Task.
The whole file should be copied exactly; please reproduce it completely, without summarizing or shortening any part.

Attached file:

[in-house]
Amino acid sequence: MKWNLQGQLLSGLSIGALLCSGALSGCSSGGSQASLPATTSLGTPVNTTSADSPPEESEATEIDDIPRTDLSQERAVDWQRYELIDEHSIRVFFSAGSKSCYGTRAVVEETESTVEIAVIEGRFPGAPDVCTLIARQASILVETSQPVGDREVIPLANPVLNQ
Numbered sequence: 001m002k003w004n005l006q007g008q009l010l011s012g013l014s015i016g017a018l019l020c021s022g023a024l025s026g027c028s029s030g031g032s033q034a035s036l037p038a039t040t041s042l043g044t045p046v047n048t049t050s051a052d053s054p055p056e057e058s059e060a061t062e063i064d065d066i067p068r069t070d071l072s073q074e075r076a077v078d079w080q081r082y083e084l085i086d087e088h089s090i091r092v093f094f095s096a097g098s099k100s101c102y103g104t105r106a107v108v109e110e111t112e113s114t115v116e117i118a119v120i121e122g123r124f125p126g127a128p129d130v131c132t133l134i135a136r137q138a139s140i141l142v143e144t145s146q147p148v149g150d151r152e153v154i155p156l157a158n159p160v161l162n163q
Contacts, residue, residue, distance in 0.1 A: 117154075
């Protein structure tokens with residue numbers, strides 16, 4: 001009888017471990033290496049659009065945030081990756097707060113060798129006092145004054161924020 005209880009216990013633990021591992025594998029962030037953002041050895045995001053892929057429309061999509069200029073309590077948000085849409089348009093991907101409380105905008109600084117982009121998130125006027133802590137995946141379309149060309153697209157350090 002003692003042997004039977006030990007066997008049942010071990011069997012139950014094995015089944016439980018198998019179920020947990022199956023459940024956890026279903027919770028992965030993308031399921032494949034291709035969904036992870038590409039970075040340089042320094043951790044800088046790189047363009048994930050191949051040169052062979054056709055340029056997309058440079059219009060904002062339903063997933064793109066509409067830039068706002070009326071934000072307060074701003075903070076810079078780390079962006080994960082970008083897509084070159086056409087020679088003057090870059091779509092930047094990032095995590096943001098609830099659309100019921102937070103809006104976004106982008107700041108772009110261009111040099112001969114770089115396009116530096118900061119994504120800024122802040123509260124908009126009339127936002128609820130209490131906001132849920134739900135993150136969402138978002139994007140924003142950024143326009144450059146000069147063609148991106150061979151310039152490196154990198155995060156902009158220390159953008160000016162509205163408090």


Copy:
[in-house]
Amino acid sequence: MKWNLQGQLLSGLSIGALLCSGALSGCSSGGSQASLPATTSLGTPVNTTSADSPPEESEATEIDDIPRTDLSQERAVDWQRYELIDEHSIRVFFSAGSKSCYGTRAVVEETESTVEIAVIEGRFPGAPDVCTLIARQASILVETSQPVGDREVIPLANPVLNQ
Numbered sequence: 001m002k003w004n005l006q007g008q009l010l011s012g013l014s015i016g017a018l019l020c021s022g023a024l025s026g027c028s029s030g031g032s033q034a035s036l037p038a039t040t041s042l043g044t045p046v047n048t049t050s051a052d053s054p055p056e057e058s059e060a061t062e063i064d065d066i067p068r069t070d071l072s073q074e075r076a077v078d079w080q081r082y083e084l085i086d087e088h089s090i091r092v093f094f095s096a097g098s099k100s101c102y103g104t105r106a107v108v109e110e111t112e113s114t115v116e117i118a119v120i121e122g123r124f125p126g127a128p129d130v131c132t133l134i135a136r137q138a139s140i141l142v143e144t145s146q147p148v149g150d151r152e153v154i155p156l157a158n159p160v161l162n163q
Contacts, residue, residue, distance in 0.1 A: 117154075
């Protein structure tokens with residue numbers, strides 16, 4: 001009888017471990033290496049659009065945030081990756097707060113060798129006092145004054161924020 005209880009216990013633990021591992025594998029962030037953002041050895045995001053892929057429309061999509069200029073309590077948000085849409089348009093991907101409380105905008109600084117982009121998130125006027133802590137995946141379309149060309153697209157350090 002003692003042997004039977006030990007066997008049942010071990011069997012139950014094995015089944016439980018198998019179920020947990022199956023459940024956890026279903027919770028992965030993308031399921032494949034291709035969904036992870038590409039970075040340089042320094043951790044800088046790189047363009048994930050191949051040169052062979054056709055340029056997309058440079059219009060904002062339903063997933064793109066509409067830039068706002070009326071934000072307060074701003075903070076810079078780390079962006080994960082970008083897509084070159086056409087020679088003057090870059091779509092930047094990032095995590096943001098609830099659309100019921102937070103809006104976004106982008107700041108772009110261009111040099112001969114770089115396009116530096118900061119994504120800024122802040123509260124908009126009339127936002128609820130209490131906001132849920134739900135993150136969402138978002139994007140924003142950024143326009144450059146000069147063609148991106150061979151310039152490196154990198155995060156902009158220390159953008160000016162509205163408090």